How to Remove a Stuck Faucet Nut Quickly

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Cleanliness is next to godliness we might hear the proverb in our life at least once. So, being clean and to be clean the environment is good in life. In our home, we can find cleanliness in two places which are the kitchen and the restroom. In a kitchen, there is an important tool to make the kitchen clean and neat which is Faucet. Faucet helps us to clean the vessels that we are using in the kitchen. If, there is a problem in the faucet the total place will become a nasty place.

How to Remove a Stuck Faucet1

What are the different types of kitchen faucets?

    • Single – Hole Kitchen Faucet
    • Side Sprayer
    • Double Hole
    • Pull out
    • Pull Down
    • Wall Mounted
    • Commercial
    • Widespread
    • Touch less
    • Touch on
    • Bridge
    • Two-handle single hole kitchen faucet.

Pros & Cons

  • Flexibility and rigid types are available.
  • Some faucet types help to cook and clean
  • Sensor activation is also available which helps to shut off automatically after a few minutes to save water.
  • Some faucets are highly expensive which works for less duration.
  • Sometimes sensors can cause activation or deactivation.

How to Remove the Stuck Faucet Nut?

Sometimes not all the products will be a perfect and work lifelong. Because Faucet is also of it’s kind to replace when the time comes. Due to rust and other chemical reactions, the faucet nuts and bolts get damage. Plumbers are best in this field to repair it but when they are not available we have to look after solving this kind of issue.

Let us see what the reasons to cause the issue are.

Faucets are exposed to air and moisture every day. It leads to a chemical reaction which ends the functions of faucets. It leaves corrosive deposits and the layers of rust and buildup forms in the joints of the nuts.

Check this Video:

Tools and Materials to repair the Faucet:

  • Screwdrivers
  • Wrenches
  • Penetrating oil
  • Utility Knife
  • Channel types pliers and Bucket.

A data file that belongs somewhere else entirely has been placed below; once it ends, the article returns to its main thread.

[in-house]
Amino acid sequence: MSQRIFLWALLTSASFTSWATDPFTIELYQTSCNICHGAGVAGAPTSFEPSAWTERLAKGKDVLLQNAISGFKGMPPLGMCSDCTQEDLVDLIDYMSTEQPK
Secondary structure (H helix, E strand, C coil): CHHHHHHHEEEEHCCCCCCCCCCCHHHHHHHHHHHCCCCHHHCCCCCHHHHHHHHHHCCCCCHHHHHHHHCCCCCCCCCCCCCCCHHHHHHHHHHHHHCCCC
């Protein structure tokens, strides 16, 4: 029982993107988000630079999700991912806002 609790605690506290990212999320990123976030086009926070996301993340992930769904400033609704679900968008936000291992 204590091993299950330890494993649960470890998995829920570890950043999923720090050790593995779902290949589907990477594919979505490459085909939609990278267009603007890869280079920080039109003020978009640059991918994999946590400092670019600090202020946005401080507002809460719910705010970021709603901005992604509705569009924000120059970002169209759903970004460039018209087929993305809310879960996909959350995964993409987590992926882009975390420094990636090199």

Let us see what the steps to fix the Faucet Nut are.

Step 1: Shutting off the Water

Though we have different types of Faucets there is a common solution to repair it. Which means to shut off the water. The shutting valves are beneath the sink or shut the main water supply for the entire house. Make sure that water is completely shut down and drained fully.

Step 2: Wire Brush

Scrape off as much of the corrosion in the faucet joints with a wire brush. It helps to remove some corrosion and free the joints.

Step 3: Heat

If you can’t get the faucet nut by step 2 you can try this instead of it. Take a hairdryer and heat the corroded part of the faucet. It helps to break the bond caused by corrosion. If, you don’t have a hairdryer you can use a heat gun or propane torch. If, you use an open flame within 12 inches (30.48 cm) of anything flammable shield it with a flame-resistant fabric.

Step 4: Penetrating oil

Let the metal cool off if the part is still stuck. Use penetrating oil into the corroded joint to lose the grip. Apply more oil every few hours if it breaks quickly. Use the brush to clean the corrosion. Soak the nut on white vinegar to dissolve if anything remains.

Step 4: wrench

To remove a stuck faucet nut you need a wrench or locking pliers to break the mineral deposits grip and then turn in the opposite direction. Sometimes, you need a hammer to break the nut. Make sure that the surrounding area is free of any valuable items as the action to strike the motion against the plumbing nut. Sometimes this impact should be enough to break the frozen nut from the corroded threads.

If, you failed all these attempts you have to cut off the faucet with hacksaw ridge or reciprocating saw. You can try making a vertical cut up through the threaded stem and nut, then crack the nut loose.

Removal Tips:

If you find it difficult to reach the drain trap, you can disassemble the drain trap for more space.

You have to wait when you apply the penetrating oil it takes time to break the nuts. After soaking the nut into oil doesn’t heat that. Penetrating oils are highly flammable, so heating makes a worse.

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